Written By: Jeremy Feakins
With over a 20-year successful operational record at the Natural Energy Laboratory of Hawaii Authority (NELHA), Seawater Air Conditioning (SWAC) at the Keahole Point facility has demonstrated reliable eco-friendly air conditioning, reducing electricity consumption by 80%-90% compared to conventional air conditioning. Using the deep ocean cold water pipes from the successful 1990s Ocean Thermal Energy Conversion (OTEC) demonstration plant, the NELHA SWAC system exemplifies the advantages of utilizing deep cold seawater to replace energy-intensive central refrigeration methods with dependable, environmentally friendly and cost-saving air conditioning.
The technology and operation of a SWAC system is straightforward. First, water is extracted from the ocean at a depth that provides year-round chill water temperatures, often in the range of 42–46 degrees F (5.5-8 degrees C). The cold ocean water is then used to refrigerate a loop of freshwater, which in turn is distributed throughout the building’s air-conditioning system. Importantly, the chilled freshwater loop never comes into direct contact with the seawater loop, allowing the chilled freshwater to pass safely through the serviced building’s central air systems without harming existing components such as air handling units or coils.
But Why Do We Need a New Type of Air Conditioning?
For large buildings and hotels, particularly in tropical climates, air conditioning (AC) creates the biggest single demand for energy. According to research by the University of Hawaii Economic Research Organization (UHERO), conventional AC being used in Hawaiian hotels makes up an average of 42% of the hotels’ energy consumption. Moreover, companies regularly have expenses associated with replacing leaked coolants and safely containing and recycling them.
AC’s environmental footprint isn’t light either. According to Emerson Climate Technologies, energy consumed from refrigeration, air conditioning and heat pumps is responsible for 10% of global carbon emissions.
In comparison, Seawater Air Conditioning has been proven to deliver huge energy savings (up to 90%), potentially saving hundreds of millions of dollars in electricity costs over the lifespan of large SWAC systems in global regions with high electricity prices.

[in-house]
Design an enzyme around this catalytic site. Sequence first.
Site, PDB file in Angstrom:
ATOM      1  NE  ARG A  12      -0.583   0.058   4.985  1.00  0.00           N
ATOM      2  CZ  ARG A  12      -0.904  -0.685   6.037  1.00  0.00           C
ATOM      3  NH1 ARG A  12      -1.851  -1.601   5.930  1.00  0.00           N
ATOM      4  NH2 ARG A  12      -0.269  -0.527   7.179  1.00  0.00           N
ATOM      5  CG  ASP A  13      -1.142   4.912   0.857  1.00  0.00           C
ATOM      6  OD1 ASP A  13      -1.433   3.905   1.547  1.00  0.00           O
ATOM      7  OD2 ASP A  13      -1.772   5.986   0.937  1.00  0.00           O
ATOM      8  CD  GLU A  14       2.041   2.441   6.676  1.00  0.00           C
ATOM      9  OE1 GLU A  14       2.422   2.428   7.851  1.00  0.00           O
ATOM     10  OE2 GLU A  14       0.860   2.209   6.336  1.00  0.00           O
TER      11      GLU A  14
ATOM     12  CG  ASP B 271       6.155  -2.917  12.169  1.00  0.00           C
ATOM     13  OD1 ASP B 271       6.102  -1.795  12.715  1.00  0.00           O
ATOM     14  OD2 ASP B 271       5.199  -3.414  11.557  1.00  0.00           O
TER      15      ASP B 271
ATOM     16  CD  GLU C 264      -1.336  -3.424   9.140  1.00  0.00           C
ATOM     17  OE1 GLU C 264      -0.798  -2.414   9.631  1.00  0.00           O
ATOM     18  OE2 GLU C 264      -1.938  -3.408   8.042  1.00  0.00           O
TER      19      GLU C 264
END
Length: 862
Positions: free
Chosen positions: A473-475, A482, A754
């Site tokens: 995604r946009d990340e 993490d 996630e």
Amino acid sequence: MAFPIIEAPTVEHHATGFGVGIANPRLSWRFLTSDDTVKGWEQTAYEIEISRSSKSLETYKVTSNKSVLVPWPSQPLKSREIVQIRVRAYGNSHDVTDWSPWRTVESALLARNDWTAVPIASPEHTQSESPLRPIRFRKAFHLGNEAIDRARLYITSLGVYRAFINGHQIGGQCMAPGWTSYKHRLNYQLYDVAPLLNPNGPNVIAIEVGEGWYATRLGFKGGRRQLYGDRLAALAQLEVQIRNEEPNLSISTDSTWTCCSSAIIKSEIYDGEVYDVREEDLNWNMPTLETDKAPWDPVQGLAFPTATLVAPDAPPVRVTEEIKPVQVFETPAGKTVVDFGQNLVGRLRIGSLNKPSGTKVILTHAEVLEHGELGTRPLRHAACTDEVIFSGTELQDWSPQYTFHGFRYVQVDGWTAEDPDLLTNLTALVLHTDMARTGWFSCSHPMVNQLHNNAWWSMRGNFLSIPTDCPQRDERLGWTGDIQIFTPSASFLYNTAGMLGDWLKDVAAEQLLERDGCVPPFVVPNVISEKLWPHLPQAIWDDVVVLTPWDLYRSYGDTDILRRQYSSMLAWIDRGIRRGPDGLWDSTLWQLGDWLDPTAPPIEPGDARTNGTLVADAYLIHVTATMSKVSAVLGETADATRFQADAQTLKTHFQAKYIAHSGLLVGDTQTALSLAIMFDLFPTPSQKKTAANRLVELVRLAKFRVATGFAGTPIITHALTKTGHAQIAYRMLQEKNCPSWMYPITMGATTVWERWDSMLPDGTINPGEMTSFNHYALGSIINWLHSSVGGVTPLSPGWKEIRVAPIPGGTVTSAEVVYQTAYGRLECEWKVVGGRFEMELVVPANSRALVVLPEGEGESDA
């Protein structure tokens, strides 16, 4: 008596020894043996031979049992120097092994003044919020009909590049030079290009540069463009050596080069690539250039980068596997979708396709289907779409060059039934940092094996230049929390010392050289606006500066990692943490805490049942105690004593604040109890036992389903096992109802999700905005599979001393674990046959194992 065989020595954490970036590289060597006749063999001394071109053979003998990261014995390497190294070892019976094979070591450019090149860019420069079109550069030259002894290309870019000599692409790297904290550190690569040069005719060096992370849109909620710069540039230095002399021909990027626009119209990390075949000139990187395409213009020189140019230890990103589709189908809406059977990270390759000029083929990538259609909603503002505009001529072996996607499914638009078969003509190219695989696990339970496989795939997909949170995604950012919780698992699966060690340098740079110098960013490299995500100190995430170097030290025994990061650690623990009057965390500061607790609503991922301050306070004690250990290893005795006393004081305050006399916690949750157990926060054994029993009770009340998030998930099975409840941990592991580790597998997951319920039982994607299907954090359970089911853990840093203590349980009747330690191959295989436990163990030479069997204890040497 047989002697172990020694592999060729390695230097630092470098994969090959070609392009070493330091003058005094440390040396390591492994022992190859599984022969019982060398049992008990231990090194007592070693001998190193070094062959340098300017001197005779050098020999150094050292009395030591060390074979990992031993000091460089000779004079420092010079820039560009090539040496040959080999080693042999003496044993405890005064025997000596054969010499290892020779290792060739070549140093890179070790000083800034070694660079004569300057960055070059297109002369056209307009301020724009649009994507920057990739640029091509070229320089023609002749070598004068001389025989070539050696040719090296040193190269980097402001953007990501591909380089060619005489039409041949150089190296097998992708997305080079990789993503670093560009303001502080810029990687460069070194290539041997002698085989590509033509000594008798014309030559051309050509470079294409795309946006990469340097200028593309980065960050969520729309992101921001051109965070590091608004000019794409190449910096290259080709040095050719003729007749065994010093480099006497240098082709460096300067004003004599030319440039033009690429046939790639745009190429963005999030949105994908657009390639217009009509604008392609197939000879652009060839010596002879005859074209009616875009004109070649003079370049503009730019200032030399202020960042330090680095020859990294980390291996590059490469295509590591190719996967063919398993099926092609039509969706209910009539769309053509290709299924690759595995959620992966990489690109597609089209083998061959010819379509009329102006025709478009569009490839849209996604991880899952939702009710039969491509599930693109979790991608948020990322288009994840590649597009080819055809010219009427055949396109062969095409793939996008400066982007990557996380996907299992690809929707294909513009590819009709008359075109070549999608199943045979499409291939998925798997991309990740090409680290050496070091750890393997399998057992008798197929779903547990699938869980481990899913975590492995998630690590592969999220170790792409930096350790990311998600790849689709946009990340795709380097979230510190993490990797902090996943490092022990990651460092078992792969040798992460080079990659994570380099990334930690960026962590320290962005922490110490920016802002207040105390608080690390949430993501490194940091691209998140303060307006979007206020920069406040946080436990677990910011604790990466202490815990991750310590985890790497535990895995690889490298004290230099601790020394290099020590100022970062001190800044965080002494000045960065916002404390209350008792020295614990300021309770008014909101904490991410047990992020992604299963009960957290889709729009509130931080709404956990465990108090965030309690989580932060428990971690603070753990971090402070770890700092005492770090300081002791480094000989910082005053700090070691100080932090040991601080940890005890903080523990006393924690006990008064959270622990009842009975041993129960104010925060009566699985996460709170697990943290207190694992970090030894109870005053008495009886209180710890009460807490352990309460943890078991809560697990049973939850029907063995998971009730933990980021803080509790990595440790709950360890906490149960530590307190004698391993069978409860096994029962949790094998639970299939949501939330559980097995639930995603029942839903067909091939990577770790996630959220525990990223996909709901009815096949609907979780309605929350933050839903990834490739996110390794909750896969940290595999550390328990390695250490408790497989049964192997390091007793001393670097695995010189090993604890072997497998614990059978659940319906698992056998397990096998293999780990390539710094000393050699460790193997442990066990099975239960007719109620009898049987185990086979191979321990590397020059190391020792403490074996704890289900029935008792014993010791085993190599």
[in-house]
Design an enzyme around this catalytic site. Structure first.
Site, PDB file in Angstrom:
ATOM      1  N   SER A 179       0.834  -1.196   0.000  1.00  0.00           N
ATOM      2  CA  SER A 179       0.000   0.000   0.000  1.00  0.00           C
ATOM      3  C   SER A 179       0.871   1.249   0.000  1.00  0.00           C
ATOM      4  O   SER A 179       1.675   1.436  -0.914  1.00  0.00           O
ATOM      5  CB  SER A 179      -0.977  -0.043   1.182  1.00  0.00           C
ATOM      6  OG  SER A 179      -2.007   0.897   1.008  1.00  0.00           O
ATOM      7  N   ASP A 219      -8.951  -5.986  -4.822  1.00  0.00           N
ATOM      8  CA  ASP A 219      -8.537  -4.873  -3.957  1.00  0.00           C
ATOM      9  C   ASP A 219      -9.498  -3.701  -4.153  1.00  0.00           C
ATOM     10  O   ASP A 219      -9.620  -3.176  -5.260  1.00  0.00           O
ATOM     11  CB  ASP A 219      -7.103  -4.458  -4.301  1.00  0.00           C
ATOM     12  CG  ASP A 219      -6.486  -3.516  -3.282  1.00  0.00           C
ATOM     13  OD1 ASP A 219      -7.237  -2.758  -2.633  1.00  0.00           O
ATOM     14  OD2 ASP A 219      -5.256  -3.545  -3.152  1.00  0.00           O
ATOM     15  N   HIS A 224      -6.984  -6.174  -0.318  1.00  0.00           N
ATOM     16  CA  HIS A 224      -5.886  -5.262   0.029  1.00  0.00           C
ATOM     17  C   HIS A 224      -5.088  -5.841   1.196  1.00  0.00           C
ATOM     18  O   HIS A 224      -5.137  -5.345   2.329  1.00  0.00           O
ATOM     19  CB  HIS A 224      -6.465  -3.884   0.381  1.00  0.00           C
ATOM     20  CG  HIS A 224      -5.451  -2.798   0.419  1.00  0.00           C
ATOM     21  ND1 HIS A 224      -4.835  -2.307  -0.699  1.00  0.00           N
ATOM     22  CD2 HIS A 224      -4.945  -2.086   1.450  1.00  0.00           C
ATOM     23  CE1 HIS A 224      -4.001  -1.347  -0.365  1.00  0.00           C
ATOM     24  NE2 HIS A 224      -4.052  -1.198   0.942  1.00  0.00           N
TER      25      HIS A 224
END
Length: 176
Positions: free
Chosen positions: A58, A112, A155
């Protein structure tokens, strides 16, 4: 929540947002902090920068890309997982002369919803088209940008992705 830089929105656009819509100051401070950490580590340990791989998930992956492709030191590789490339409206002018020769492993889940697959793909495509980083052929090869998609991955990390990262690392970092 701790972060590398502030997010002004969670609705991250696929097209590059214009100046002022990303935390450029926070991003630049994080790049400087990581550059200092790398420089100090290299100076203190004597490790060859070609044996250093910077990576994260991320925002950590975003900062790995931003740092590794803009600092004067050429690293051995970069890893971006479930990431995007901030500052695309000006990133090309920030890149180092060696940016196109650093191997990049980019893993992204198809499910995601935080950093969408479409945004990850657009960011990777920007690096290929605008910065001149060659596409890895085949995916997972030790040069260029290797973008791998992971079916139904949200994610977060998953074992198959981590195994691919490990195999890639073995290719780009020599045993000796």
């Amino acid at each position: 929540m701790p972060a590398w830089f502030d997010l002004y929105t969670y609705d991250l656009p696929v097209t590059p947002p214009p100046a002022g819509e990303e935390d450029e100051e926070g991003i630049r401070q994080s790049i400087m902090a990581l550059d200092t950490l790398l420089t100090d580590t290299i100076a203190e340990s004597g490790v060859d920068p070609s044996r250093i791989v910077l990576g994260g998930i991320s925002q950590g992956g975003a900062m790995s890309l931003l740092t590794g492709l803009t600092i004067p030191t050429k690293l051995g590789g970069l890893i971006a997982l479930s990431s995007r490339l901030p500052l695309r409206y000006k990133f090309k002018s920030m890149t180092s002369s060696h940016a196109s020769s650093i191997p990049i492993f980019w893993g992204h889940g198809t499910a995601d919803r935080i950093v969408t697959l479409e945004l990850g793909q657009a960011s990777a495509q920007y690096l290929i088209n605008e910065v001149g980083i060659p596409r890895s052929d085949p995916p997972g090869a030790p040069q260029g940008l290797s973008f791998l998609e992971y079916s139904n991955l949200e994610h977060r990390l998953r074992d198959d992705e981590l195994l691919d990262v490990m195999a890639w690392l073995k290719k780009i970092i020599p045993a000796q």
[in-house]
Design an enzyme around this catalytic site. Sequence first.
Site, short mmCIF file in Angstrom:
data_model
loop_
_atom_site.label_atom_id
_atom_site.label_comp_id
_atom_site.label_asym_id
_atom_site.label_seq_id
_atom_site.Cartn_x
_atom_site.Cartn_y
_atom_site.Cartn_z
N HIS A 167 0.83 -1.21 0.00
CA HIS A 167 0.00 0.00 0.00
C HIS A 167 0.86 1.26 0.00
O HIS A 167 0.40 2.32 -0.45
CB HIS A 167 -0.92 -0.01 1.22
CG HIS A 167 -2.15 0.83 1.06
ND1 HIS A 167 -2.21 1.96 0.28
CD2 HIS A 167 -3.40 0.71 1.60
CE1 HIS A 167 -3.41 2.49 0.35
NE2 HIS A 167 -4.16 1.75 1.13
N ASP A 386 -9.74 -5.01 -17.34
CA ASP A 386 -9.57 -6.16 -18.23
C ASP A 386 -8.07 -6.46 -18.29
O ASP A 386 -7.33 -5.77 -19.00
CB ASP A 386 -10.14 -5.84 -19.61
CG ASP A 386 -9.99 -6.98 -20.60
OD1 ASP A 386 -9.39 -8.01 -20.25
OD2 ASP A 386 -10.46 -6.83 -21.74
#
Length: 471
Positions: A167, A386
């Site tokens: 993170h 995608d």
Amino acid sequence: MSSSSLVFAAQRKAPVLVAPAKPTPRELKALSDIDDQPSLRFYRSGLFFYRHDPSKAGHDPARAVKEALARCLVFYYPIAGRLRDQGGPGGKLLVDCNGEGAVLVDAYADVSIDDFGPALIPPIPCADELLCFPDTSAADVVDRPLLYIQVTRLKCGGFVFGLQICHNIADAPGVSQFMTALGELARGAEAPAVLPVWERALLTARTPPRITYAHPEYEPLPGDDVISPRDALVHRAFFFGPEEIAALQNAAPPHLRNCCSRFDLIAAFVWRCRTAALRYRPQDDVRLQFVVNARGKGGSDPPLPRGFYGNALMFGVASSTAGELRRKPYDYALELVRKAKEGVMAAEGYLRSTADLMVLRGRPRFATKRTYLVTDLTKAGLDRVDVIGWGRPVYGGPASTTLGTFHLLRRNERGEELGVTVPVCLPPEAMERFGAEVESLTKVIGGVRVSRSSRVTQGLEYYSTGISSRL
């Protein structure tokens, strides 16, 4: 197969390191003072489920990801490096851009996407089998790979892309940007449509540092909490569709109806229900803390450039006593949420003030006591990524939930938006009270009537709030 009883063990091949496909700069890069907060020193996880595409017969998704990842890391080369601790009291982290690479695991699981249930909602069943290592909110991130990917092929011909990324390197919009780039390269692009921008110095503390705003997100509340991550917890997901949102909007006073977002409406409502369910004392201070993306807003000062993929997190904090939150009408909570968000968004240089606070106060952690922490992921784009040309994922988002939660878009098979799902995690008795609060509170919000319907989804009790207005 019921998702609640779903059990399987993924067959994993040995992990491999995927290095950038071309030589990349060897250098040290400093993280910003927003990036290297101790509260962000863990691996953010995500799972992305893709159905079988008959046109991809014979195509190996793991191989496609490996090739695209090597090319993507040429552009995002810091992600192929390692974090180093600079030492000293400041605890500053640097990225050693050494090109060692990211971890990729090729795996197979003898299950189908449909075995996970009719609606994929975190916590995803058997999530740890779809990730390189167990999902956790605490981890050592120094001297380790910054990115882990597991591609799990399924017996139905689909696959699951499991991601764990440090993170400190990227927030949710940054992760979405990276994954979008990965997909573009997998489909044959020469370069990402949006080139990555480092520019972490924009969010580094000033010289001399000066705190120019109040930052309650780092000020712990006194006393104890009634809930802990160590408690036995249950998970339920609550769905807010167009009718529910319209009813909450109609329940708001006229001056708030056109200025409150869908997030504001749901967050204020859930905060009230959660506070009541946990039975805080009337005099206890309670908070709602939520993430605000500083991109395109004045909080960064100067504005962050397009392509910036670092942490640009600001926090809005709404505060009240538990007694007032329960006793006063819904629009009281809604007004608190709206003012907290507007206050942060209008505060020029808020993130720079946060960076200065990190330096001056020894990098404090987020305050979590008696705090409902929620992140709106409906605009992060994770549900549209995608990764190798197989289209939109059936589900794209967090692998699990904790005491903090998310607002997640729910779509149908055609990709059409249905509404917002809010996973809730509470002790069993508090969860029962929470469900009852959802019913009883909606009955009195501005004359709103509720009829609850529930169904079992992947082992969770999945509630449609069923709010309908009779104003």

In addition to the lengthy successful record of the Hawaii SWAC system at NELHA, there are numerous other success stories for SWAC. Among them are Google’s data center in Finland, where the SWAC system uses cold water from the Baltic Sea to cool Google’s critical servers, and the InterContinental Hotel at French Polynesia Bora Bora, efficiently air-conditioned with an SWAC system using cold water from the Pacific Ocean.
Closely related to SWAC is Lake Water Air-Conditioning (LWAC), which is the same essential technology using cold deep lake water instead of seawater. Examples of long-term success with LWAC facilities also abound, such as the LWAC system that provides cooling for downtown Toronto, Canada, using cold water from Lake Ontario. Since the city’s LWAC operations began in 2004, over 30 offices and commercial centers have been air conditioned with 58,000 tons of cooling. After use in air conditioning, the fresh water is recycled and used as drinking water. Similarly, an LWAC system at Cornell University in New York has utilized the deep cold waters of nearby Cayuga Lake since 1999, reducing the campus’ energy demand for cooling by 80%.
Seawater Air Conditioning Reliability and Secondary Applications
With the temperature of deep, cold water changing little on a daily and seasonal basis, cold-water as a renewable resource is dependable all year round. With deep cold seawater being replenished continuously in the SWAC system, its reliability is virtually endless, helping tropical communities become less dependent on volatile fossil fuel prices.
SWAC systems also substantially reduce greenhouse gas emissions. A great example is Ocean Thermal Energy (OTE) Corporation’s 9,800-ton SWAC system now in process under an Energy Services Agreement for a luxury resort in the Bahamas. It has been estimated that this SWAC system will save over 60,000 barrels of oil from being burned annually, while preventing the release of 40,000 tons of carbon dioxide emissions.